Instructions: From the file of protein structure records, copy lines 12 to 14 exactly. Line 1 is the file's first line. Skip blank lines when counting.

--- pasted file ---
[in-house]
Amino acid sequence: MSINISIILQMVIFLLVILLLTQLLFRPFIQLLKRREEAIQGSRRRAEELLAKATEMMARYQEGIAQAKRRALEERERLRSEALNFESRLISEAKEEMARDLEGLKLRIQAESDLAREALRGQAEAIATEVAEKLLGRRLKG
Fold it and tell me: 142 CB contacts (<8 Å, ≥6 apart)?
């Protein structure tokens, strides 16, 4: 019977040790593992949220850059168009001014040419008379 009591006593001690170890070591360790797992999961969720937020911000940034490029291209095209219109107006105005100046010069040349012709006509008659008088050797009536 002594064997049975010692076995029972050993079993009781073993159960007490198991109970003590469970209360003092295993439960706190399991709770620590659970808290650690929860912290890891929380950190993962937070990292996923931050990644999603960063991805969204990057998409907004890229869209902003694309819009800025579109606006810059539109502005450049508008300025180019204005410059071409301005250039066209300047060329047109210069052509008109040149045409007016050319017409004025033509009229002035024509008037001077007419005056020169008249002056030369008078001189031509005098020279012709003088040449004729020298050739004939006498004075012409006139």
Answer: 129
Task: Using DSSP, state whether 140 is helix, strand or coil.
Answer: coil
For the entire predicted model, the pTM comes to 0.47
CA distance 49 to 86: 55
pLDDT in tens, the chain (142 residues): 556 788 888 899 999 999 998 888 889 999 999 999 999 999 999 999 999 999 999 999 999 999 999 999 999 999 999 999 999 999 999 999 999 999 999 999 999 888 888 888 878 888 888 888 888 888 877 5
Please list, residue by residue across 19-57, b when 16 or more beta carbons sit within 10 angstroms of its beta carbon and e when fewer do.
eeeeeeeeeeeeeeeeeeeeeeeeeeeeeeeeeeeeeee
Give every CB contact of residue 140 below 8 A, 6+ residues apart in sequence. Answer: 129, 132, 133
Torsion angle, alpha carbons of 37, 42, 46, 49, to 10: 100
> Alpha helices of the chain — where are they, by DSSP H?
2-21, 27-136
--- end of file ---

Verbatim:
eeeeeeeeeeeeeeeeeeeeeeeeeeeeeeeeeeeeeee
Give every CB contact of residue 140 below 8 A, 6+ residues apart in sequence. Answer: 129, 132, 133
Torsion angle, alpha carbons of 37, 42, 46, 49, to 10: 100